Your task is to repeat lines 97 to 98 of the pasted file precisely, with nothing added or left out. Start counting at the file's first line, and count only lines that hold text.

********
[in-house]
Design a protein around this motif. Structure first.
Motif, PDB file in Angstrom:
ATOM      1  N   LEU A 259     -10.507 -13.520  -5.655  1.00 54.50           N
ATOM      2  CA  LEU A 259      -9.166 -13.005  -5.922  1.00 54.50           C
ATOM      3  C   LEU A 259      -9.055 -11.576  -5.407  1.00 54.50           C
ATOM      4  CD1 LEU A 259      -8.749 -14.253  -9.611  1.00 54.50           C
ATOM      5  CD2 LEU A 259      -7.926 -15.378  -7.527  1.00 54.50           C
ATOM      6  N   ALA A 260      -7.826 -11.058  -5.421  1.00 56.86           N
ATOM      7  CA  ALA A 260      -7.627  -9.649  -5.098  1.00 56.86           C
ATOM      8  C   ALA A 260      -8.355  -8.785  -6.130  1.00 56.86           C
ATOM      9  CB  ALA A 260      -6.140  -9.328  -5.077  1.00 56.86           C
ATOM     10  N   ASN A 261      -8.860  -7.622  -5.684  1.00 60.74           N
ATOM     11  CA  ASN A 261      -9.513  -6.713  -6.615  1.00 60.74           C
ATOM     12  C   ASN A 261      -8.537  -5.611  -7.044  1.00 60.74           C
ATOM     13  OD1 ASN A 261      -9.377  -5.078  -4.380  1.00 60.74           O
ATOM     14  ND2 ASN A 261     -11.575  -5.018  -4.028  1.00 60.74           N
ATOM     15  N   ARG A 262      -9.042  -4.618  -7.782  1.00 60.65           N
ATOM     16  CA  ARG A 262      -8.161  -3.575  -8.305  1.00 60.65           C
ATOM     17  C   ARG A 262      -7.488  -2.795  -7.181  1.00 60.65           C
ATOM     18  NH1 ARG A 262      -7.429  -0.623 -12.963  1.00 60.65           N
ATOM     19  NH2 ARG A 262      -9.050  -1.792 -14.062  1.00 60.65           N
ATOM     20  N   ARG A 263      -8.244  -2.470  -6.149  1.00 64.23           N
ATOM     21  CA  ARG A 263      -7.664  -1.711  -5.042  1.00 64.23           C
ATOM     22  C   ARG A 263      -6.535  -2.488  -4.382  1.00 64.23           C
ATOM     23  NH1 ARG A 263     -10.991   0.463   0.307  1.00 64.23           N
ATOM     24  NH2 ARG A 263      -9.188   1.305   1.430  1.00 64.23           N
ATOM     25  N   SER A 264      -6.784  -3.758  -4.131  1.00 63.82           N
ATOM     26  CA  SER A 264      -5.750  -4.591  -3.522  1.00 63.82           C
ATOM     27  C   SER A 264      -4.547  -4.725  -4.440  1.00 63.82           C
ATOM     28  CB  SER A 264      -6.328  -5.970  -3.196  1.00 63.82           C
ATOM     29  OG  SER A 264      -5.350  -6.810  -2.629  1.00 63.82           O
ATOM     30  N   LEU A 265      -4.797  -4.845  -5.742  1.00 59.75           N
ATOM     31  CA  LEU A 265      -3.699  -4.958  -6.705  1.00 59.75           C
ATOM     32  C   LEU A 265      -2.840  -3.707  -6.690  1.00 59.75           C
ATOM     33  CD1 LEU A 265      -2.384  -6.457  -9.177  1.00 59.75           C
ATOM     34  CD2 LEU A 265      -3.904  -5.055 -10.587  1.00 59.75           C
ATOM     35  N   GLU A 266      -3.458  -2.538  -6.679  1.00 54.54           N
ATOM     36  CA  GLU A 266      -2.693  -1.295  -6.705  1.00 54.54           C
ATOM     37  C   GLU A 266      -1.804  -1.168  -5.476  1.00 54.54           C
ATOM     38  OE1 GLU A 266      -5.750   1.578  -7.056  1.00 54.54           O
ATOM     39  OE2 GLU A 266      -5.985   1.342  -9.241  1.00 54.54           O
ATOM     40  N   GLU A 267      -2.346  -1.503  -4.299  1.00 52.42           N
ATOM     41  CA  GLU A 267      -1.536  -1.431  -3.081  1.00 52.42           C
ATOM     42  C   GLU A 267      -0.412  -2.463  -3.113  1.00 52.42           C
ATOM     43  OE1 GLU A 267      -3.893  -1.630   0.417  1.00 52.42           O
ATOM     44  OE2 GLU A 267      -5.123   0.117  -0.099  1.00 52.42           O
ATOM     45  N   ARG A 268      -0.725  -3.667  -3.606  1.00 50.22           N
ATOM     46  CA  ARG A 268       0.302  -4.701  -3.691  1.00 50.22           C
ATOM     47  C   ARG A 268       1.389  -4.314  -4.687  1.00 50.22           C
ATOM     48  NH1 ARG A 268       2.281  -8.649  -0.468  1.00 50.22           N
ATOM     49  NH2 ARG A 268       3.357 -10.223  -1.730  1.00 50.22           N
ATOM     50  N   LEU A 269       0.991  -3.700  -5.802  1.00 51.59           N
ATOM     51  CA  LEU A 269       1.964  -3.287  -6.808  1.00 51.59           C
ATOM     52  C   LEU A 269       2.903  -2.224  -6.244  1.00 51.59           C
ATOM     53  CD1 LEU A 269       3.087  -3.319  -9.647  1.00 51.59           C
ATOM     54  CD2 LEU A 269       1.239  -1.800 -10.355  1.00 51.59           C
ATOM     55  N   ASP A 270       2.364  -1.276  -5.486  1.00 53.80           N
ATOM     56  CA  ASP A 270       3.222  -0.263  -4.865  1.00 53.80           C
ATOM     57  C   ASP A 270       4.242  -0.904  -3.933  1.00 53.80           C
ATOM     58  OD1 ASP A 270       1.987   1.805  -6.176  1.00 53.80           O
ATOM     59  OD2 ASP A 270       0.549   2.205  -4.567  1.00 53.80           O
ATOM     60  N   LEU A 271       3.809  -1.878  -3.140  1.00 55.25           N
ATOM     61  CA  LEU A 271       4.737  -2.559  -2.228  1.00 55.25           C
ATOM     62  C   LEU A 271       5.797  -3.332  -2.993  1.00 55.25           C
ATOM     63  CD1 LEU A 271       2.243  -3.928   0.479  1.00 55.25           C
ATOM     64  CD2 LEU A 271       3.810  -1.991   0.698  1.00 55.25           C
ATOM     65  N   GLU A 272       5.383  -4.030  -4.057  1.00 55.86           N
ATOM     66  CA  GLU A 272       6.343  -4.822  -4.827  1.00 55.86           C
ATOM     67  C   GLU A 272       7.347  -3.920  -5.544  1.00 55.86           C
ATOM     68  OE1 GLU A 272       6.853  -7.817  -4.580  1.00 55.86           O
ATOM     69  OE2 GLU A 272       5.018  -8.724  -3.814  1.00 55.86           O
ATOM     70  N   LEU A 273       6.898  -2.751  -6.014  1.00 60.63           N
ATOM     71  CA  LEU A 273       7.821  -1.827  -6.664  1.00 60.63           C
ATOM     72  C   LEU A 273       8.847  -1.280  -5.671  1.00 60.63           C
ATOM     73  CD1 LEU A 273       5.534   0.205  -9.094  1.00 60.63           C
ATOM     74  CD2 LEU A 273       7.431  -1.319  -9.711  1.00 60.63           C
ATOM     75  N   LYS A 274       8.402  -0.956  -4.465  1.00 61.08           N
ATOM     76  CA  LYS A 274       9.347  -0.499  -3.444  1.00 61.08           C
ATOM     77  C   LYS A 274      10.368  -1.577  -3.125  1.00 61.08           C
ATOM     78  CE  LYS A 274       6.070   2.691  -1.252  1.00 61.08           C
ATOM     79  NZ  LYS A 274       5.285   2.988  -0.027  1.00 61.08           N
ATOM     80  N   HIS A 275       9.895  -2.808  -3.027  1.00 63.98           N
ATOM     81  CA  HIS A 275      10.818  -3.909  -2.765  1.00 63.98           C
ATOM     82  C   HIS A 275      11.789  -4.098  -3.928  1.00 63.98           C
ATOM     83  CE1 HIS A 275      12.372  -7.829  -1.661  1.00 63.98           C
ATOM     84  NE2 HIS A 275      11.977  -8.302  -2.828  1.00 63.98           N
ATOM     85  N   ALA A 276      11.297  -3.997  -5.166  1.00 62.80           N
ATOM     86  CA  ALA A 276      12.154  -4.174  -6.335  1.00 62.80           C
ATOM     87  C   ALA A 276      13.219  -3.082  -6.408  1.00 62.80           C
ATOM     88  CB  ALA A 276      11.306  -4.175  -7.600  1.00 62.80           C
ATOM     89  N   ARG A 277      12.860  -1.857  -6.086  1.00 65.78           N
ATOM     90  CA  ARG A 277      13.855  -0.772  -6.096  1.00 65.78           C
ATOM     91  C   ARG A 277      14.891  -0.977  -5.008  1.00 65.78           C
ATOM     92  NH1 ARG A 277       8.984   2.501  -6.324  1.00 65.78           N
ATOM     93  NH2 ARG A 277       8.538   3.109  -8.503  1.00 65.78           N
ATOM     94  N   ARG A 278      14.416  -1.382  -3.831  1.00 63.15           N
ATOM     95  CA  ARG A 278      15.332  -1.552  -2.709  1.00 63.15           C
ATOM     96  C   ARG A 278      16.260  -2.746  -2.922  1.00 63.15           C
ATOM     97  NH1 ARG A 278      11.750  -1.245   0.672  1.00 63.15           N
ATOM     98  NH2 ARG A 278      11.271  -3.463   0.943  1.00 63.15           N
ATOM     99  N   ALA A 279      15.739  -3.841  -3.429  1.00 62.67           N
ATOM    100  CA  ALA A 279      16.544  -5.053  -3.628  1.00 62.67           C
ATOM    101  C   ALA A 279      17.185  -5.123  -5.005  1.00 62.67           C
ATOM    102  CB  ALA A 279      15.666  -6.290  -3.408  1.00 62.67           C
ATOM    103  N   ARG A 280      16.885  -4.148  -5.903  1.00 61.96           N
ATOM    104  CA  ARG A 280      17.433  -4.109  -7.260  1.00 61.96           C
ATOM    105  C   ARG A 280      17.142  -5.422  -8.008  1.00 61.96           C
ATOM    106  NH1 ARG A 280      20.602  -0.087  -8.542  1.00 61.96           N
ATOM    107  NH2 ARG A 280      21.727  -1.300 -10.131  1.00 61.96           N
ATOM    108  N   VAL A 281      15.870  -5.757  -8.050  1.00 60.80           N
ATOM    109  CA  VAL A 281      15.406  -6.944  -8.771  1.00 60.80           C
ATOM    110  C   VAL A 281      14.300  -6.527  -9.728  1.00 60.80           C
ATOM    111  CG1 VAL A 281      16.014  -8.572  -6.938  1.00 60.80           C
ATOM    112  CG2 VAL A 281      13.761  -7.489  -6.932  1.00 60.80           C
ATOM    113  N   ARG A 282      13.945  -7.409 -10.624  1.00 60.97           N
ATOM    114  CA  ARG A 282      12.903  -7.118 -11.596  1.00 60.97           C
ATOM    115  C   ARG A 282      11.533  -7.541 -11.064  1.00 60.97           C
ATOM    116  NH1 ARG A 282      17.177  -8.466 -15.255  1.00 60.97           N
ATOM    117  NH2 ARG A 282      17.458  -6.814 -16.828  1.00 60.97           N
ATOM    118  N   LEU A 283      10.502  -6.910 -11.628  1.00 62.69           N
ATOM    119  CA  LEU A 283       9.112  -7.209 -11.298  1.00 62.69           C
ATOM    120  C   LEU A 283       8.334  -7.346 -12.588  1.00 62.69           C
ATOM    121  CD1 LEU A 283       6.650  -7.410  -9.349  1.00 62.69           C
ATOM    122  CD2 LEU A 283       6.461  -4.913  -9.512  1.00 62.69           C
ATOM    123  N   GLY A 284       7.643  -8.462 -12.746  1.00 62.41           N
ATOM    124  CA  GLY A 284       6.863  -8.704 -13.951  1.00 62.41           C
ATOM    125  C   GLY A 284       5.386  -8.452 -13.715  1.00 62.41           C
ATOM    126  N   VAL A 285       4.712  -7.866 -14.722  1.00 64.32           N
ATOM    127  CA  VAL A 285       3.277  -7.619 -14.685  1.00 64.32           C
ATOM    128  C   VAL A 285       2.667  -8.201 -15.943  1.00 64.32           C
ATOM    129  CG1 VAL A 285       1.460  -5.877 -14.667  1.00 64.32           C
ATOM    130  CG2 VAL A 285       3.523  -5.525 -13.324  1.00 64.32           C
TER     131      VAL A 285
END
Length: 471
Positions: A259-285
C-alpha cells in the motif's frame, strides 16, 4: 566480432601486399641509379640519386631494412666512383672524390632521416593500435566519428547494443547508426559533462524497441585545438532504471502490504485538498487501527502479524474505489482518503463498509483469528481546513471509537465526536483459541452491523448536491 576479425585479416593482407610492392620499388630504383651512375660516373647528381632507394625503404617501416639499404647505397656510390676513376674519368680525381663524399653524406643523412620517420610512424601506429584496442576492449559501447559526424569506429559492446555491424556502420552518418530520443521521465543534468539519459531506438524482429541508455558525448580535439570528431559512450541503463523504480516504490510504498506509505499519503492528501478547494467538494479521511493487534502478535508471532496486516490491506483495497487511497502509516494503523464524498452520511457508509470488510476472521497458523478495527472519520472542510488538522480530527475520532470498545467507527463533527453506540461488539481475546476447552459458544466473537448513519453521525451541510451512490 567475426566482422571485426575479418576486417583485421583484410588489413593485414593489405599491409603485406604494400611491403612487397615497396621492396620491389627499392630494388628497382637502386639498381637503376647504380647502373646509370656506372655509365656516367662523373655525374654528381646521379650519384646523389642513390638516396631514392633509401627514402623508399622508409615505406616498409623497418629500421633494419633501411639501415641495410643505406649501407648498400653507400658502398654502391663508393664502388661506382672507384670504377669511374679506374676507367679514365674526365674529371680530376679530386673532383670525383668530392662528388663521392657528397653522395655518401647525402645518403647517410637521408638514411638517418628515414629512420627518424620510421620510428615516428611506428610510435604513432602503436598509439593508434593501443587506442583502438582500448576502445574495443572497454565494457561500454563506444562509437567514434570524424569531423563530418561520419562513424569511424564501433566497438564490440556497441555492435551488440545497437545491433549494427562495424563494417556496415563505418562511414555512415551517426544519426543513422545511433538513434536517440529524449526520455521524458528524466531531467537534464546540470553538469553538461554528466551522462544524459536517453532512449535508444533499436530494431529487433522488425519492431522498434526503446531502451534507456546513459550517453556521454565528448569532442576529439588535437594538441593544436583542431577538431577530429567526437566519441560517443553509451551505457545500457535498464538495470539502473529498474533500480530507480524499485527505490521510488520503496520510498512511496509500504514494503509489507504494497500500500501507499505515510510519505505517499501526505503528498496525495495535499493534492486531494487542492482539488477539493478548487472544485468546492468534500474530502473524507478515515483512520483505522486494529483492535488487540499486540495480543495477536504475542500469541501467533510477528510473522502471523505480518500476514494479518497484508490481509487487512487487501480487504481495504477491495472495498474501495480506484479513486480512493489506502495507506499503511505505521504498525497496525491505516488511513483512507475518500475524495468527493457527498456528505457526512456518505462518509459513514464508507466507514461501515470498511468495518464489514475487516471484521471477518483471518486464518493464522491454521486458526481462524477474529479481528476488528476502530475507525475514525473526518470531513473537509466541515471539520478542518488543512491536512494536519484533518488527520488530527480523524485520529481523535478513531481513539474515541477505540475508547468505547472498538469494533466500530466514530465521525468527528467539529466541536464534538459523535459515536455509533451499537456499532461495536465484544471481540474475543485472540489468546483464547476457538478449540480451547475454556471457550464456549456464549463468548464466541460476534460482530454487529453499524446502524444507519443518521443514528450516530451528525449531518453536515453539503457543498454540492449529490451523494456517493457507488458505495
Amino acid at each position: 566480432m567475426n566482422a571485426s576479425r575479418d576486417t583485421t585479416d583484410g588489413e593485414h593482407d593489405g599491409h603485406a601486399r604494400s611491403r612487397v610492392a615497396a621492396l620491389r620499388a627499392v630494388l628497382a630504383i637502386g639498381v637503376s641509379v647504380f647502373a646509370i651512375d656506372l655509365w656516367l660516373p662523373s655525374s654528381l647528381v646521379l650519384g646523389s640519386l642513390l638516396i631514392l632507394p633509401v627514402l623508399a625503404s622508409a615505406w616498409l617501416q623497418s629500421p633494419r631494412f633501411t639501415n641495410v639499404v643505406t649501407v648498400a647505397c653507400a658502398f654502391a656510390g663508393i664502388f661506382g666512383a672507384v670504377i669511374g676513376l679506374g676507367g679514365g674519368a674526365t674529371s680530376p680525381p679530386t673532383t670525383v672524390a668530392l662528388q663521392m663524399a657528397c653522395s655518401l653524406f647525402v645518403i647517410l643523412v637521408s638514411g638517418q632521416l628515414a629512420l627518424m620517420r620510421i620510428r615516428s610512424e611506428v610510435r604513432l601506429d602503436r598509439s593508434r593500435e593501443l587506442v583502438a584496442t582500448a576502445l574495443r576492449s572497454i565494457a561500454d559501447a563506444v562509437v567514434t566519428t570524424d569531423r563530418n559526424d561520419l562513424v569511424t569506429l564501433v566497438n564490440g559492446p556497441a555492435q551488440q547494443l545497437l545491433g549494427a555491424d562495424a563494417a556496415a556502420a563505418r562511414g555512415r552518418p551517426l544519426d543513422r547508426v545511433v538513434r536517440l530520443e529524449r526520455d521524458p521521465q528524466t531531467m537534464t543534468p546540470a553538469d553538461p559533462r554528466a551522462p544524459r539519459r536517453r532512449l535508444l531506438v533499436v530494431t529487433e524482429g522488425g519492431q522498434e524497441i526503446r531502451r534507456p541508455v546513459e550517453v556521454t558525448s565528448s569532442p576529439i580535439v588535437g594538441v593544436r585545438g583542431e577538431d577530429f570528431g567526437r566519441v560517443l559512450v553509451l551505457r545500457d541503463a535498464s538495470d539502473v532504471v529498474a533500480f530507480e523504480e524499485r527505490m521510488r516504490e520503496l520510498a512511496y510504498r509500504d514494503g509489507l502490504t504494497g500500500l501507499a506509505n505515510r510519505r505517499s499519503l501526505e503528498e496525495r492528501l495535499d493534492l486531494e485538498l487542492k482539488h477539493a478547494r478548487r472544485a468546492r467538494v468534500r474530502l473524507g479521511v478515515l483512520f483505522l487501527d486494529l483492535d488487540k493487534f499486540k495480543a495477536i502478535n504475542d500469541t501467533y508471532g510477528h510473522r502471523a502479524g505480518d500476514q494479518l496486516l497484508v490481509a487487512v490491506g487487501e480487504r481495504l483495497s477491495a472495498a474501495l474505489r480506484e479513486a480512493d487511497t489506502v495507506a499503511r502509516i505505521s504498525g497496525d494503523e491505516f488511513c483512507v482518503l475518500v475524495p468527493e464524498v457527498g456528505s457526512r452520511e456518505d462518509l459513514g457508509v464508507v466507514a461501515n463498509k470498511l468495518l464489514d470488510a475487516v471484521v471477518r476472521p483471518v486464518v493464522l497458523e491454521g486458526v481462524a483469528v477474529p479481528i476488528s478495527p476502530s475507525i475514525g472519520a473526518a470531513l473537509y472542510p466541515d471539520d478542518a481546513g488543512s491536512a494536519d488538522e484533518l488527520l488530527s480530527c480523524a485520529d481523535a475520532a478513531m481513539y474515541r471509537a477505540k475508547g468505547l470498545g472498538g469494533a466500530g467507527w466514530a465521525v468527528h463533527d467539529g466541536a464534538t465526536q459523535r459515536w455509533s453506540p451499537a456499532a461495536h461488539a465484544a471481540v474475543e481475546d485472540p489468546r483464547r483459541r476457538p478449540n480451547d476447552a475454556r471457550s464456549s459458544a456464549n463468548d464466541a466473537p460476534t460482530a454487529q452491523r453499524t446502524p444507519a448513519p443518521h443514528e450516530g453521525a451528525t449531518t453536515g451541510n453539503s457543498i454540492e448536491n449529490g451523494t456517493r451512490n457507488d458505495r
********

ATOM     94  N   ARG A 278      14.416  -1.382  -3.831  1.00 63.15           N
ATOM     95  CA  ARG A 278      15.332  -1.552  -2.709  1.00 63.15           C